Quarantine is a form of disease control. It is used to restrict the movement of individuals who may have been exposed to a contagious disease to see if they become ill. Usually in quarantine, individuals are not allowed to come in close contact with others to restrict the spread of the virus. Although what if they need to be medically assessed? How can medical personal protect themselves while still being able to do their job?

Strategies to minimise the spread of infection include hand hygiene, personal protective equipment and cleaning. Personal Protective Equipment (PPE) can protect health care workers from exposure to blood or bodily substances that may be harmful.

Masks, Eye Protection and Face Shields – should be worn if there is going to be a risk of bodily fluids being splashed onto the mucous membranes of the eyes, nose and mouth, or high risk of contamination within your environment. Suitable eye protection (safety goggles) and face shields should cover the entire face (if protection of the mouth and nose is required) and be immediately changed if its visibly soiled. Take extra caution when removing masks, eye protection and face shields to avoid touching any contaminated surfaces and dispose appropriately.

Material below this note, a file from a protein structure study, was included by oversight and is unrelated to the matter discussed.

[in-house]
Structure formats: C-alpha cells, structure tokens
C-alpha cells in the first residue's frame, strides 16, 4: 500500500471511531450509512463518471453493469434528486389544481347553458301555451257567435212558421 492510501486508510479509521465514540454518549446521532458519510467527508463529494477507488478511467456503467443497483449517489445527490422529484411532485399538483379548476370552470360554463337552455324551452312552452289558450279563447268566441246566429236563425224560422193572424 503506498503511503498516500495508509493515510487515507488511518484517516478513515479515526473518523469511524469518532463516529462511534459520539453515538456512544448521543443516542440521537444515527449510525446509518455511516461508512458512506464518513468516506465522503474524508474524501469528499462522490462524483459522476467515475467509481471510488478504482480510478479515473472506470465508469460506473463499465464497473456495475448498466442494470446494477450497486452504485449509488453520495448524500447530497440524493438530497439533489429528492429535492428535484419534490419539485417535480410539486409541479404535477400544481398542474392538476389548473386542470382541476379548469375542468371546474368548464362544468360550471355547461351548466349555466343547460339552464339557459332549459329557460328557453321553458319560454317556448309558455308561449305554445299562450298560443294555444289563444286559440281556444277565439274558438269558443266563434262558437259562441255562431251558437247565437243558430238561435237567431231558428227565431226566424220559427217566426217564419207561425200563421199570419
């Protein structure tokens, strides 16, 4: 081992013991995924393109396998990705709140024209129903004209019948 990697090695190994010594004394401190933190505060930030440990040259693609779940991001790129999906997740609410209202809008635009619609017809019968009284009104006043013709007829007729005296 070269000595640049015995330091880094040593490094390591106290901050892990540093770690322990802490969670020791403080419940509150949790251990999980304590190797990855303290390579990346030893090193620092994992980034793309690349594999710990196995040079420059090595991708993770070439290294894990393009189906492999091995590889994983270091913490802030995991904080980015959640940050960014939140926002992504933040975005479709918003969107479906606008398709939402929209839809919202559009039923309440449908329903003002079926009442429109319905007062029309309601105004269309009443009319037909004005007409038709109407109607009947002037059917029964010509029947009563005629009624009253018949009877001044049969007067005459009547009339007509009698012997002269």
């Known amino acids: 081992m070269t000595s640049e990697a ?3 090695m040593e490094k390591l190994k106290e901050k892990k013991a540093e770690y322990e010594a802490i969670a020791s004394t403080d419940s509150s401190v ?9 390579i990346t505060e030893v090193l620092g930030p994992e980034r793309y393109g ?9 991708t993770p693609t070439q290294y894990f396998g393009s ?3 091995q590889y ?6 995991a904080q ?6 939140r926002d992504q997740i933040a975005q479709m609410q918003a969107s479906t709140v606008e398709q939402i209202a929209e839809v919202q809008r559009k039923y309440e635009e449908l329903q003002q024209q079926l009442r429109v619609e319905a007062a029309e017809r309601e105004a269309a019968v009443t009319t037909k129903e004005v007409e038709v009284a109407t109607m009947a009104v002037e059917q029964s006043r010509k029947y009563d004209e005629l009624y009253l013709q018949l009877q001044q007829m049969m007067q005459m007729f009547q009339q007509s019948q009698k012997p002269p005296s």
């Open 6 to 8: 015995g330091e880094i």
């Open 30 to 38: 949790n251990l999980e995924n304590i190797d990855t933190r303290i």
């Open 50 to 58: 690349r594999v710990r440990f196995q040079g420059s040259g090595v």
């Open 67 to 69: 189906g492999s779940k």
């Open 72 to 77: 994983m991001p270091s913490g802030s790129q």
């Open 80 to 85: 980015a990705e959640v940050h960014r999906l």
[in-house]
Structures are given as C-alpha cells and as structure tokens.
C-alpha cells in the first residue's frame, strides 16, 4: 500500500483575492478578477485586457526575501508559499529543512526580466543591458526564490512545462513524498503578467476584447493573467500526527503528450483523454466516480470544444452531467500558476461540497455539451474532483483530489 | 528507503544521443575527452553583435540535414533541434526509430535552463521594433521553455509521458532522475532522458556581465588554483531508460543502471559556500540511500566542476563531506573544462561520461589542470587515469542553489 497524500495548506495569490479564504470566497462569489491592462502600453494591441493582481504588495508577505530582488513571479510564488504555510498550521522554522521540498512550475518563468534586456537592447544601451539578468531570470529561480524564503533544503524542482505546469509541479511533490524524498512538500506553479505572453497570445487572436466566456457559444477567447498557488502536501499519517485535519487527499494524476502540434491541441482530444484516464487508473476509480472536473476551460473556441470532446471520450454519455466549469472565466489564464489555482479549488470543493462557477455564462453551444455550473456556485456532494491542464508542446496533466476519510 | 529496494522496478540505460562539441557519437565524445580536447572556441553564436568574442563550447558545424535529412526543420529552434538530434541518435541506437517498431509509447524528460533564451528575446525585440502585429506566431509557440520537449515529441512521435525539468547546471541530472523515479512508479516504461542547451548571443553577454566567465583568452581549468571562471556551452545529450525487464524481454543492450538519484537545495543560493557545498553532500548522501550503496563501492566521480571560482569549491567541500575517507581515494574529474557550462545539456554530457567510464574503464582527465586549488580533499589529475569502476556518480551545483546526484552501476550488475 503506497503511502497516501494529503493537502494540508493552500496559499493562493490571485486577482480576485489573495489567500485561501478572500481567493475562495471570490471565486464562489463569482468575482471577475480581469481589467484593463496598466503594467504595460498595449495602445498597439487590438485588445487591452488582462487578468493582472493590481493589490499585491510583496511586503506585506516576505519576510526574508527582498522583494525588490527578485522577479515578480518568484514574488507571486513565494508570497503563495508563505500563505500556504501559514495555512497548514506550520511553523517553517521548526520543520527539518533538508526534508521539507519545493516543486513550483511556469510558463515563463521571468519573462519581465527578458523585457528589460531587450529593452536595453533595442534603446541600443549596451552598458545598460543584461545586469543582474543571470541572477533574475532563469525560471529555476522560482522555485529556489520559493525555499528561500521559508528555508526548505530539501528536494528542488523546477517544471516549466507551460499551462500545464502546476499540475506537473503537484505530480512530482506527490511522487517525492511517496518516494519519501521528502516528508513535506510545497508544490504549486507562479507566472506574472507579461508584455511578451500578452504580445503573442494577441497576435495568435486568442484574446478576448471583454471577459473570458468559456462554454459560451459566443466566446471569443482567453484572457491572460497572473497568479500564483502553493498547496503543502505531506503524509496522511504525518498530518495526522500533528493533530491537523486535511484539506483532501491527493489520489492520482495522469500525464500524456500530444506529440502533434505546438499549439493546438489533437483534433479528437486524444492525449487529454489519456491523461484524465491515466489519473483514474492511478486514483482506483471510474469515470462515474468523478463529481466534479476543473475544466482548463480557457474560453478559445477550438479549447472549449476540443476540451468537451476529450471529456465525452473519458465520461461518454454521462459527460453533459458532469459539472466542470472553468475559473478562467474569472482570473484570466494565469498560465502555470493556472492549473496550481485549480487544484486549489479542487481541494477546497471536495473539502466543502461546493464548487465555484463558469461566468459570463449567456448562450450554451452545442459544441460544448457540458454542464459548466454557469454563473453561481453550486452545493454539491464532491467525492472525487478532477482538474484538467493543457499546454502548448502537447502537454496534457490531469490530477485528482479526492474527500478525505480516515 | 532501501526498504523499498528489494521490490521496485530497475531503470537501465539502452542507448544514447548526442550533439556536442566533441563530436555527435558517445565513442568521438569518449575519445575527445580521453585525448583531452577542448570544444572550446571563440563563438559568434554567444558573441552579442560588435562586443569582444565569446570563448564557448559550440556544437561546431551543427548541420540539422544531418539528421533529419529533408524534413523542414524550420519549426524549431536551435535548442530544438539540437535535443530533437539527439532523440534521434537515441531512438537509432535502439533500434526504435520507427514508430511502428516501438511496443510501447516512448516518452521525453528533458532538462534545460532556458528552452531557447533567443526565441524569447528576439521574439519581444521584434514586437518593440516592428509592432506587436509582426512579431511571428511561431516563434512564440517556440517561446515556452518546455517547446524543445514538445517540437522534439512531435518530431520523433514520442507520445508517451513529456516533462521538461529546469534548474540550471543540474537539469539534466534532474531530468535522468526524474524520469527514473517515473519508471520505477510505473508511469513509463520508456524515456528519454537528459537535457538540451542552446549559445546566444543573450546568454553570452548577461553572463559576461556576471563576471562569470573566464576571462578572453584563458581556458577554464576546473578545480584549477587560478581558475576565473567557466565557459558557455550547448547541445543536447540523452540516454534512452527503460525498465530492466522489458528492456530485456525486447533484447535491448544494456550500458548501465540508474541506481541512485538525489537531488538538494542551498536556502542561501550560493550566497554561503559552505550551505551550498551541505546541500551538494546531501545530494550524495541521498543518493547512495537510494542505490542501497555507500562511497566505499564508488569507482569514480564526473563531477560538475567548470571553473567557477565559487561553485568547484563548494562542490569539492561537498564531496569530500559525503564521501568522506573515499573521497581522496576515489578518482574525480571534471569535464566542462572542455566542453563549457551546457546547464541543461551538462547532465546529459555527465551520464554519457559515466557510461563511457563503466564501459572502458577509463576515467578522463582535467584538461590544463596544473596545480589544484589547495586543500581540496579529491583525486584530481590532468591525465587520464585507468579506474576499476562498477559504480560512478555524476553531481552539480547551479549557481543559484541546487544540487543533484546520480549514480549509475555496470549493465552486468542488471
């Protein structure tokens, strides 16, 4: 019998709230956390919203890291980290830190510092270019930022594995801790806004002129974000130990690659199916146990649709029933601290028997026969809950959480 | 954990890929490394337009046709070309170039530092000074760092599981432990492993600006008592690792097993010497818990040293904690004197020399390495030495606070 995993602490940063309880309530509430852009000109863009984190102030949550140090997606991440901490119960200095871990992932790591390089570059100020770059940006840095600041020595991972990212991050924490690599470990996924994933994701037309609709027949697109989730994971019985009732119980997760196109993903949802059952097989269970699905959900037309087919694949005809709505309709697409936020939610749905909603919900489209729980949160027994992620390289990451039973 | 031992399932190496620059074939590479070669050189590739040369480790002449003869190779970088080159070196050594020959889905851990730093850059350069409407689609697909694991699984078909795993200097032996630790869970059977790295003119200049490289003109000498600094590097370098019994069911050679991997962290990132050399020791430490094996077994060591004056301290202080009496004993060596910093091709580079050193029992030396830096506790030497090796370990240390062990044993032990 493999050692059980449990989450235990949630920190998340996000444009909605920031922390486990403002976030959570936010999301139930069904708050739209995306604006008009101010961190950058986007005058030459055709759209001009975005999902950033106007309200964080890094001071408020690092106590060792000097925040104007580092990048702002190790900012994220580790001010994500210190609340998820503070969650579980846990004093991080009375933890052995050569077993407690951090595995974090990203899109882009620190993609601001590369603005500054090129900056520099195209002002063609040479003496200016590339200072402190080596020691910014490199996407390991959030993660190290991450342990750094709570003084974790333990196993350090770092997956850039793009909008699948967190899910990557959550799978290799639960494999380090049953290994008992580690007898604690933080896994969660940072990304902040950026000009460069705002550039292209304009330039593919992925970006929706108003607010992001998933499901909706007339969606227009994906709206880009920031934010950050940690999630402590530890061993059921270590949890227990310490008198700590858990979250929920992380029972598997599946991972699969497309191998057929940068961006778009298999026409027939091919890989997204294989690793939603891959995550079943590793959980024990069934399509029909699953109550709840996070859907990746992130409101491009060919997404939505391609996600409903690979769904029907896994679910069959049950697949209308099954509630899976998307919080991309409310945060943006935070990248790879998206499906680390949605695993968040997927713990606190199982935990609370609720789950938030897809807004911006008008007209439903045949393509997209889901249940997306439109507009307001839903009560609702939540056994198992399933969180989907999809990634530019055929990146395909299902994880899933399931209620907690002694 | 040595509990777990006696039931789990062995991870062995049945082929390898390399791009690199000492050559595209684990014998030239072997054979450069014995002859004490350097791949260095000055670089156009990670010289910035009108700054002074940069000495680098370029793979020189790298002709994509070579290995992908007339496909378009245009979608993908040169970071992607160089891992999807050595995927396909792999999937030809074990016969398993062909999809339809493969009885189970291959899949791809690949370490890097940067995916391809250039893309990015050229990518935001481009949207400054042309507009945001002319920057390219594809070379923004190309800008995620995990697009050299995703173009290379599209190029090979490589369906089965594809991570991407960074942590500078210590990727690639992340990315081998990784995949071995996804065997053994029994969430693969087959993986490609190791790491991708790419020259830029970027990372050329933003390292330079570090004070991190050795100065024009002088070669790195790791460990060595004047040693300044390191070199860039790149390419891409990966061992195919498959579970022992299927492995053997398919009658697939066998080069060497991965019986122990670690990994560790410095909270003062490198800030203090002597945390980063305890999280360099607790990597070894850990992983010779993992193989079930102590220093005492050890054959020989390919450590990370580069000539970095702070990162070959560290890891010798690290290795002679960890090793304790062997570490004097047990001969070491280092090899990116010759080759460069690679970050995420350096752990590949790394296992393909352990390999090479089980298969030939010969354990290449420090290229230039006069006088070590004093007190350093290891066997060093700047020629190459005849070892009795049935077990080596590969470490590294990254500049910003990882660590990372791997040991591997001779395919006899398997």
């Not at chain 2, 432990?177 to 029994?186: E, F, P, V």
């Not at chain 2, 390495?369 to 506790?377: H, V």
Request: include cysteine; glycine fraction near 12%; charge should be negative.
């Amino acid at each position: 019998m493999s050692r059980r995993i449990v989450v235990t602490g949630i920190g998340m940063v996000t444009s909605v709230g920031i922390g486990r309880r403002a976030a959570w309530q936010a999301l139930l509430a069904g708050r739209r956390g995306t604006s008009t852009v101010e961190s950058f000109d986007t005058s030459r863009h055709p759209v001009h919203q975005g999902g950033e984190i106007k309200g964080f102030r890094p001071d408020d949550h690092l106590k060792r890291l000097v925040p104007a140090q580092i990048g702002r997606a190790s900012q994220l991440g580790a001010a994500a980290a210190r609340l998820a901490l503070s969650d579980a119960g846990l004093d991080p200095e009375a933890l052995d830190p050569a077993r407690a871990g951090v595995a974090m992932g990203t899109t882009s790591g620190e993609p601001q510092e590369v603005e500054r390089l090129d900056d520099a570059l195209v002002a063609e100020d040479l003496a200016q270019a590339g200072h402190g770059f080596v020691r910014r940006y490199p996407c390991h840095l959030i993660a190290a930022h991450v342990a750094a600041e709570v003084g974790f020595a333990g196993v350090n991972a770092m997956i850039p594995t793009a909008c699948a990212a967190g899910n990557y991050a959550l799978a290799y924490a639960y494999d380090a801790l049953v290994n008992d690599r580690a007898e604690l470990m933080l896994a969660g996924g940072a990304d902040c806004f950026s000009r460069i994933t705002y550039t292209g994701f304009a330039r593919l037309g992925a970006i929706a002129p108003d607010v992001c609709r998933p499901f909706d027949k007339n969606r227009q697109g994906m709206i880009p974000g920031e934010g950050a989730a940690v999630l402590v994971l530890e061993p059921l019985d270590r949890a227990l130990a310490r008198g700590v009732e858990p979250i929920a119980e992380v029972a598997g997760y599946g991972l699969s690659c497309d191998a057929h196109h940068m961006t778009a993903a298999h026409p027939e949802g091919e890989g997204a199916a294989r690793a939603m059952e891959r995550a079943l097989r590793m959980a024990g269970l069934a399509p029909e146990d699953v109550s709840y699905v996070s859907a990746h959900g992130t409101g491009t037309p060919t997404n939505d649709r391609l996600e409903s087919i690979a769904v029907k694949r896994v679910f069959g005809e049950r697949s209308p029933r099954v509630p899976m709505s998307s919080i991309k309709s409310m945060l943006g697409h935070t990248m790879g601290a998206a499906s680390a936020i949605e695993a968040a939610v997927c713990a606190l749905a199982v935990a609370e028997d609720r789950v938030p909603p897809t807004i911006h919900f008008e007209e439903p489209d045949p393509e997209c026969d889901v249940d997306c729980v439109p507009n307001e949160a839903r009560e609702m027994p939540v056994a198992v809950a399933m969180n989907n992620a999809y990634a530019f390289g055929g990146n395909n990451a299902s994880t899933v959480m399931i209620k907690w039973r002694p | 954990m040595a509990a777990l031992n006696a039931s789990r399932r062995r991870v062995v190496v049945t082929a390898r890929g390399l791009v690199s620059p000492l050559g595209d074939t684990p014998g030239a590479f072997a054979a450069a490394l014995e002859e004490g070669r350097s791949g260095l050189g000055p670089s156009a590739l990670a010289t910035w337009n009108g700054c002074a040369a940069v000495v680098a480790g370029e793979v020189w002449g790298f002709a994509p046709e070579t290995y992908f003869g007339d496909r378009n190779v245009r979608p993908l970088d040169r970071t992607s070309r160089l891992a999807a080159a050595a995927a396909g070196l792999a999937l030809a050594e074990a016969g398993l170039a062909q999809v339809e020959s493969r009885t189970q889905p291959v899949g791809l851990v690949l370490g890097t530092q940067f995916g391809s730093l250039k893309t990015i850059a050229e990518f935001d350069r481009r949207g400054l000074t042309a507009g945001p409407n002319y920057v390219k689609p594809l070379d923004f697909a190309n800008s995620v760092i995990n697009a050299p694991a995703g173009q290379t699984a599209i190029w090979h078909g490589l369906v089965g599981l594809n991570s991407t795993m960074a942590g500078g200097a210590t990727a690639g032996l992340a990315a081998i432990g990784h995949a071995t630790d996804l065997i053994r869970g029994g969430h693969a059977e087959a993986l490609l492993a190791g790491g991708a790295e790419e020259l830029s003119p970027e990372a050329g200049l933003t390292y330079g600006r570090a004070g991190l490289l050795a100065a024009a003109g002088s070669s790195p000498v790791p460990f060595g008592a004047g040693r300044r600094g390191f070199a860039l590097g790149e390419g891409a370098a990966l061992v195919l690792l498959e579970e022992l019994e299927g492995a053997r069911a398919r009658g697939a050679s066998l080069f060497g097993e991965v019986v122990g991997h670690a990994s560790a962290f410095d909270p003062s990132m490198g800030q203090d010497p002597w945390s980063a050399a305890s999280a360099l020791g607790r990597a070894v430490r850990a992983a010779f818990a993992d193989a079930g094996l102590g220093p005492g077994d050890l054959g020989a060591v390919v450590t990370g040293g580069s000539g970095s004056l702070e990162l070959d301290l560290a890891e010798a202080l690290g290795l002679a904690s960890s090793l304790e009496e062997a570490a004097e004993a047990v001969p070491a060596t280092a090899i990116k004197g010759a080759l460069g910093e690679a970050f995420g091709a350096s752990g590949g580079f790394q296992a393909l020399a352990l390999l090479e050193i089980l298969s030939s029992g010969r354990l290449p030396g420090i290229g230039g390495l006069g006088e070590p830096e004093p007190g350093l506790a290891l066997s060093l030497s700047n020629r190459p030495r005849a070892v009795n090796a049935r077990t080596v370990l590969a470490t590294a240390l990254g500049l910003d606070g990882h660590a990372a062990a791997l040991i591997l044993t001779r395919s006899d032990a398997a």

Gloves – should not be considered an alternative to washing hands. It is highly recommended that hands are thoroughly washed and dried before and after using gloves. Gloves should be worn when there is a likelihood of coming in contact with blood, body fluids/substances, mucous membranes or non-intact skin, or high risk of contamination within your environment. The choice of length of the gloves, as well as the material of the gloves, should be carefully considered.

Garments – protective garments should be worn to protect healthcare workers and medical personnel’s uniform and skin from moisture or soiling during direct patient care. CRG provide a range of garment styles including; coveralls, smocks, gowns, under garments, hoods, aprons and overshoes, which CRG process and sterilise, disposable garments are also available. It is important to follow correct ‘donning’ and ‘doffing’ procedures to minimise any risk of contamination.